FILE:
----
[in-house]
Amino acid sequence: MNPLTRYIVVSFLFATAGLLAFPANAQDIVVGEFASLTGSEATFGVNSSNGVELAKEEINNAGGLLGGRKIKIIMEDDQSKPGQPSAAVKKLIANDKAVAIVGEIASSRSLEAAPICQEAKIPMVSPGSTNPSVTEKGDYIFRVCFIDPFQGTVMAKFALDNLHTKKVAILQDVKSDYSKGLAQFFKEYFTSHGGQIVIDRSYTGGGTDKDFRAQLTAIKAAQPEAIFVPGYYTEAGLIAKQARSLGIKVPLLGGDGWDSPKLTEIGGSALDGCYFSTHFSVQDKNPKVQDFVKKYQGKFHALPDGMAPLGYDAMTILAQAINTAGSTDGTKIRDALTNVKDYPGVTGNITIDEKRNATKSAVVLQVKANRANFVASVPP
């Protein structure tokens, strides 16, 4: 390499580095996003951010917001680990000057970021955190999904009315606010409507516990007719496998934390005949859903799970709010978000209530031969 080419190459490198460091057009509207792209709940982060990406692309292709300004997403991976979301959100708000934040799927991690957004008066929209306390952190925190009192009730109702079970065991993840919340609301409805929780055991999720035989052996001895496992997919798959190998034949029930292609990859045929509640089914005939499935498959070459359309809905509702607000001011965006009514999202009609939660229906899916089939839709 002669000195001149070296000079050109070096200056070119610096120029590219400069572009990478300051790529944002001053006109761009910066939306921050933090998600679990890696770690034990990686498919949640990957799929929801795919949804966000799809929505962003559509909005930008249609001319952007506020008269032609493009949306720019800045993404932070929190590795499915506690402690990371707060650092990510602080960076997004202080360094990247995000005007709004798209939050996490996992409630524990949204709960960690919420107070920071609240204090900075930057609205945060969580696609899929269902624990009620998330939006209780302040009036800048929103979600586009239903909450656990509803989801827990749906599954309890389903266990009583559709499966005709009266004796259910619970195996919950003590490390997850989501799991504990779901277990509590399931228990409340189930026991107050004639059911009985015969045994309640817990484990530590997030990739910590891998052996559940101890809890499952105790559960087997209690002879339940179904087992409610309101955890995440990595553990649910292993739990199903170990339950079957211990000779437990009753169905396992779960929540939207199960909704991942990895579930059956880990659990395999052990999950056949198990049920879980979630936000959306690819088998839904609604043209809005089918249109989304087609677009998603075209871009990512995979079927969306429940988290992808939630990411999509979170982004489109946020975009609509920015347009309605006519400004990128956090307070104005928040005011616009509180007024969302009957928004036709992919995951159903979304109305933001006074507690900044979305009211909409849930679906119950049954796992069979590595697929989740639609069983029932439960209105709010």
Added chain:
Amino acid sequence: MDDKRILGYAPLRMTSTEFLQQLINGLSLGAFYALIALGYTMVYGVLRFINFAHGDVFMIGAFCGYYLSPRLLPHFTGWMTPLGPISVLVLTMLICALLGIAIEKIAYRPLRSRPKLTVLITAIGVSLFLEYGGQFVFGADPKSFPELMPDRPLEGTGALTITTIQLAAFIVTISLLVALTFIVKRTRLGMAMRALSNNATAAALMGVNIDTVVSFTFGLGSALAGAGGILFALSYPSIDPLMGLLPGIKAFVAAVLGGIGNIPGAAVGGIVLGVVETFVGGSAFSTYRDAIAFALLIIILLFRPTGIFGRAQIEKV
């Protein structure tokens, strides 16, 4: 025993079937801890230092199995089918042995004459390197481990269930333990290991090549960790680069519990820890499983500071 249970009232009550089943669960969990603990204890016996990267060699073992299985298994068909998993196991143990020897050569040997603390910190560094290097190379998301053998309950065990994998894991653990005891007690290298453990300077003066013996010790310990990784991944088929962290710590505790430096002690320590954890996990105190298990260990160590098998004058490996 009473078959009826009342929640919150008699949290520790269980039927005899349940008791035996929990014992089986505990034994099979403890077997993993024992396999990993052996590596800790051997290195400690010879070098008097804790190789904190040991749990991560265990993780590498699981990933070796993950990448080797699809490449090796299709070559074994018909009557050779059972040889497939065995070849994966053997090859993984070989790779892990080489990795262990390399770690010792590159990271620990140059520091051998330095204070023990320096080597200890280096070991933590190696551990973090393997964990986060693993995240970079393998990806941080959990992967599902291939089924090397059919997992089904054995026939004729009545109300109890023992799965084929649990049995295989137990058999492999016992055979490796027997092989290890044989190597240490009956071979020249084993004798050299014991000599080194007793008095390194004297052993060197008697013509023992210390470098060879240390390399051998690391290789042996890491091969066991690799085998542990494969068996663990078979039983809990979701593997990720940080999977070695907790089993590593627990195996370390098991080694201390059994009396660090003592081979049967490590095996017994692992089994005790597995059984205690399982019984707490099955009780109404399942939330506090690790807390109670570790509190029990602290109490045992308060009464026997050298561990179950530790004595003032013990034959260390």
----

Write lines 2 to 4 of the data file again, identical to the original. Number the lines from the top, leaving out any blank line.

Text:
Amino acid sequence: MNPLTRYIVVSFLFATAGLLAFPANAQDIVVGEFASLTGSEATFGVNSSNGVELAKEEINNAGGLLGGRKIKIIMEDDQSKPGQPSAAVKKLIANDKAVAIVGEIASSRSLEAAPICQEAKIPMVSPGSTNPSVTEKGDYIFRVCFIDPFQGTVMAKFALDNLHTKKVAILQDVKSDYSKGLAQFFKEYFTSHGGQIVIDRSYTGGGTDKDFRAQLTAIKAAQPEAIFVPGYYTEAGLIAKQARSLGIKVPLLGGDGWDSPKLTEIGGSALDGCYFSTHFSVQDKNPKVQDFVKKYQGKFHALPDGMAPLGYDAMTILAQAINTAGSTDGTKIRDALTNVKDYPGVTGNITIDEKRNATKSAVVLQVKANRANFVASVPP
């Protein structure tokens, strides 16, 4: 390499580095996003951010917001680990000057970021955190999904009315606010409507516990007719496998934390005949859903799970709010978000209530031969 080419190459490198460091057009509207792209709940982060990406692309292709300004997403991976979301959100708000934040799927991690957004008066929209306390952190925190009192009730109702079970065991993840919340609301409805929780055991999720035989052996001895496992997919798959190998034949029930292609990859045929509640089914005939499935498959070459359309809905509702607000001011965006009514999202009609939660229906899916089939839709 002669000195001149070296000079050109070096200056070119610096120029590219400069572009990478300051790529944002001053006109761009910066939306921050933090998600679990890696770690034990990686498919949640990957799929929801795919949804966000799809929505962003559509909005930008249609001319952007506020008269032609493009949306720019800045993404932070929190590795499915506690402690990371707060650092990510602080960076997004202080360094990247995000005007709004798209939050996490996992409630524990949204709960960690919420107070920071609240204090900075930057609205945060969580696609899929269902624990009620998330939006209780302040009036800048929103979600586009239903909450656990509803989801827990749906599954309890389903266990009583559709499966005709009266004796259910619970195996919950003590490390997850989501799991504990779901277990509590399931228990409340189930026991107050004639059911009985015969045994309640817990484990530590997030990739910590891998052996559940101890809890499952105790559960087997209690002879339940179904087992409610309101955890995440990595553990649910292993739990199903170990339950079957211990000779437990009753169905396992779960929540939207199960909704991942990895579930059956880990659990395999052990999950056949198990049920879980979630936000959306690819088998839904609604043209809005089918249109989304087609677009998603075209871009990512995979079927969306429940988290992808939630990411999509979170982004489109946020975009609509920015347009309605006519400004990128956090307070104005928040005011616009509180007024969302009957928004036709992919995951159903979304109305933001006074507690900044979305009211909409849930679906119950049954796992069979590595697929989740639609069983029932439960209105709010």
Added chain: